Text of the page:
_Altitude seventy-three thousand feet. Airspeed nine thousand knots."

_"Petra, raise helmet." He was slowly regaining his sight as the G-
loads began to recede. The cockpit was an oven, overwhelming its
environmental control equipment, clear evidence vehicle skin
temperature had exceeded design.

_"Confirmed. Helmet raising."

_Although his vision was still black and white, he started easing back
on the throttles and checking around the cock

pit. Eva was beginning to stir now, rising and struggling with her
safety straps, Androv remained slumped in his G-seat.

"You okay?" He rose and moved toward her. "I think I blacked out there
for a second or so."

"I'm going to make it." She shifted her eyes right. "But I'm not so
sure about . . ."

"Don't worry." The Russian snapped conscious and immediately reached to
begin loosening his straps. "I've been through heavy G-loads before."
Suddenly he stared up at the screens, pointed, and yelled. "Hypersonic!
_Zoloto_! You didn't tell me. I almost can't believe - "

"We almost lost it. Skin temperatures reached - "

"Japanese ceramic composites, my _droog_. No other material could have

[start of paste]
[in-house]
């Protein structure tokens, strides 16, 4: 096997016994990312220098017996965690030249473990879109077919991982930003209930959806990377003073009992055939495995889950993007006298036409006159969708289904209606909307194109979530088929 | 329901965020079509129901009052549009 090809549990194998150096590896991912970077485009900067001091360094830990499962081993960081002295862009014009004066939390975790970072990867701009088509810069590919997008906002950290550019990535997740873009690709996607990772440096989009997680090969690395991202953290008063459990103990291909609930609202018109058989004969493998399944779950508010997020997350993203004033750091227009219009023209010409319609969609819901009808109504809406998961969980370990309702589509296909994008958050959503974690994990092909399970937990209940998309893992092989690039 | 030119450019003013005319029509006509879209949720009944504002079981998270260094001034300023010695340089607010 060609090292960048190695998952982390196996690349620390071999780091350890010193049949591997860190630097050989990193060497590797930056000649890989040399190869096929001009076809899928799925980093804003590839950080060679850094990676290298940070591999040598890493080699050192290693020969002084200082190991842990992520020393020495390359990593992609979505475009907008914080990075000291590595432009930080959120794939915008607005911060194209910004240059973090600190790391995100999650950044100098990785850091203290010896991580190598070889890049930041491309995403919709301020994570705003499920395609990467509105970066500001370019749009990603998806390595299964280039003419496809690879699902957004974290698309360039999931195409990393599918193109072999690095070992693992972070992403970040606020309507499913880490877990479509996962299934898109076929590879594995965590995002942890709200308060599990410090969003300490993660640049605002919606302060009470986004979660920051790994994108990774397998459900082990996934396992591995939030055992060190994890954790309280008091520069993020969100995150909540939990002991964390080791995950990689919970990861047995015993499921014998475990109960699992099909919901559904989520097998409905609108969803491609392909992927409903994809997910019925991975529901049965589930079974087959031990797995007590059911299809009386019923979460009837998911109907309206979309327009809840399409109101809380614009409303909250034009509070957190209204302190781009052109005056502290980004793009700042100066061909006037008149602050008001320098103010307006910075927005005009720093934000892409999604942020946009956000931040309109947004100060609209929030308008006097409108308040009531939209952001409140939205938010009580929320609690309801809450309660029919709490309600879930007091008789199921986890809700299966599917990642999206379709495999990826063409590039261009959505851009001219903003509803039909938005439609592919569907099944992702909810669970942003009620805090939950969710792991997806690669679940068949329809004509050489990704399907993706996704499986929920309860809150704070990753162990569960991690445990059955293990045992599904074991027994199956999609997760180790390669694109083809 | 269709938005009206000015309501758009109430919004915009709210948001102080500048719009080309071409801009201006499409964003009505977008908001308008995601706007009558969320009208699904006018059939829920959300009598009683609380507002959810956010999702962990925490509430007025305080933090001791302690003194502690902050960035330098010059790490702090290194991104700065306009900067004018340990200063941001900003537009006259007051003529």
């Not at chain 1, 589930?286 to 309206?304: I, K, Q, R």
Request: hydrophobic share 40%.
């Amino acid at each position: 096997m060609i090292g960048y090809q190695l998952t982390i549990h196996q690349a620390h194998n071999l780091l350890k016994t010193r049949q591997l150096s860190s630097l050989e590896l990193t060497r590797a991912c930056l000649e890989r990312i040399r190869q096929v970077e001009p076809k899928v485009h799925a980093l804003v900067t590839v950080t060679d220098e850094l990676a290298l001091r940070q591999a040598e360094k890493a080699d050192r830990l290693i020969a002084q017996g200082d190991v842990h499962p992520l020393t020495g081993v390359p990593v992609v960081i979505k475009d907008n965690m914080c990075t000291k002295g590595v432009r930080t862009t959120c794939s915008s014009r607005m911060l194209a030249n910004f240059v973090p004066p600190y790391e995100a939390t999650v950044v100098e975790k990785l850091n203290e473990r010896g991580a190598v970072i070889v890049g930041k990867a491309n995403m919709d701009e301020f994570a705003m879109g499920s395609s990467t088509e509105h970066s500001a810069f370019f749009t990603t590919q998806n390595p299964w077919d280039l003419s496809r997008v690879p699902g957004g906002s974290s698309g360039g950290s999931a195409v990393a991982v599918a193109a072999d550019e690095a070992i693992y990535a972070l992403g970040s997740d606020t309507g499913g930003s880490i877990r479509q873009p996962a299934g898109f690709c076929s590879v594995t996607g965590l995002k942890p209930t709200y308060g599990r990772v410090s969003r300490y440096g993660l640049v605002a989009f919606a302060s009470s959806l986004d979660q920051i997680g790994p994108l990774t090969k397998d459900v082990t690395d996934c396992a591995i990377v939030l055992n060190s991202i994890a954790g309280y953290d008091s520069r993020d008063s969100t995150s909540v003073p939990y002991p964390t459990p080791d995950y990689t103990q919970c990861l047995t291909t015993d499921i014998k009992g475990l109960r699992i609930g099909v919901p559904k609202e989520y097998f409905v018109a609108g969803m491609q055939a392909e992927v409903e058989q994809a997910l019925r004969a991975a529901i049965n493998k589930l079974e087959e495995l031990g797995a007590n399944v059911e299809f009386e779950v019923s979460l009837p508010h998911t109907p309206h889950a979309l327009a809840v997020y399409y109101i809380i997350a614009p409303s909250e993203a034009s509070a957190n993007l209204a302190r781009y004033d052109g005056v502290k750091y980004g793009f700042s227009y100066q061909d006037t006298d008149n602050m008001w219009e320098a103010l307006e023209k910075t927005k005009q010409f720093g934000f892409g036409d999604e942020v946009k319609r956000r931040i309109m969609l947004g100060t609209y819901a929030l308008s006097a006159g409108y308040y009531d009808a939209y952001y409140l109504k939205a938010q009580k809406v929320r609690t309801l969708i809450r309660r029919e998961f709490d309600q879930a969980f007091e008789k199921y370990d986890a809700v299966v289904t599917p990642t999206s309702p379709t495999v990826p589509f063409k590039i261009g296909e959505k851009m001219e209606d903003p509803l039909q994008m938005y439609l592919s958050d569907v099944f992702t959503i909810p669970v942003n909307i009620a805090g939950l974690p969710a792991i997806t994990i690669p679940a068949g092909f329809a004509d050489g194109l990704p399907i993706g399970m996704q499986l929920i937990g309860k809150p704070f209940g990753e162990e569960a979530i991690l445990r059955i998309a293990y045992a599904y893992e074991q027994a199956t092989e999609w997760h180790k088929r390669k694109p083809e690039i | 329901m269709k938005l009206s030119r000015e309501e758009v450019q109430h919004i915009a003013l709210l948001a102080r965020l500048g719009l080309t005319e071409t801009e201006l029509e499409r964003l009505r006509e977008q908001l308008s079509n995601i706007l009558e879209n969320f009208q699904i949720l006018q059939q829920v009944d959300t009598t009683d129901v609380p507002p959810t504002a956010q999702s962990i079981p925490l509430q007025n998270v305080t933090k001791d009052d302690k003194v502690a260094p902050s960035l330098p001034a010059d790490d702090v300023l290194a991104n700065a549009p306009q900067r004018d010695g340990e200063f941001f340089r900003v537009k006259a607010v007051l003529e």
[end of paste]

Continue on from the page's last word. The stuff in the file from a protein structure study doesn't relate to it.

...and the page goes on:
done it. And now the atmosphere is thinning. When we hit eighty
thousand feet, or maybe eighty-five, skin temperature should stabilize
down around a thousand degrees. That's 'room temperature' for this
vehicle." He paused and grinned. "Liquid hydrogen. It's a fantastic
fuel, and a terrific coolant. Of course, if this catches on and we stop
using alcohol coolant in our MiGs, I don't know what the Soviet Air
Force will all drink before payday."

Vance glanced at their vector. They were over the Bering Sea now, with
a heading for who knew where.

Mach 11.3 and climbing. The Daedalus was pressing effortlessly toward
the darkness above. Time to think about what was next.

"How much of this wonderful liquid hydrogen do we have?"

"Just enough to do what I've been planning for a long time." He edged
over and touched Vance's shoulder. "I'm deeply in your debt. You made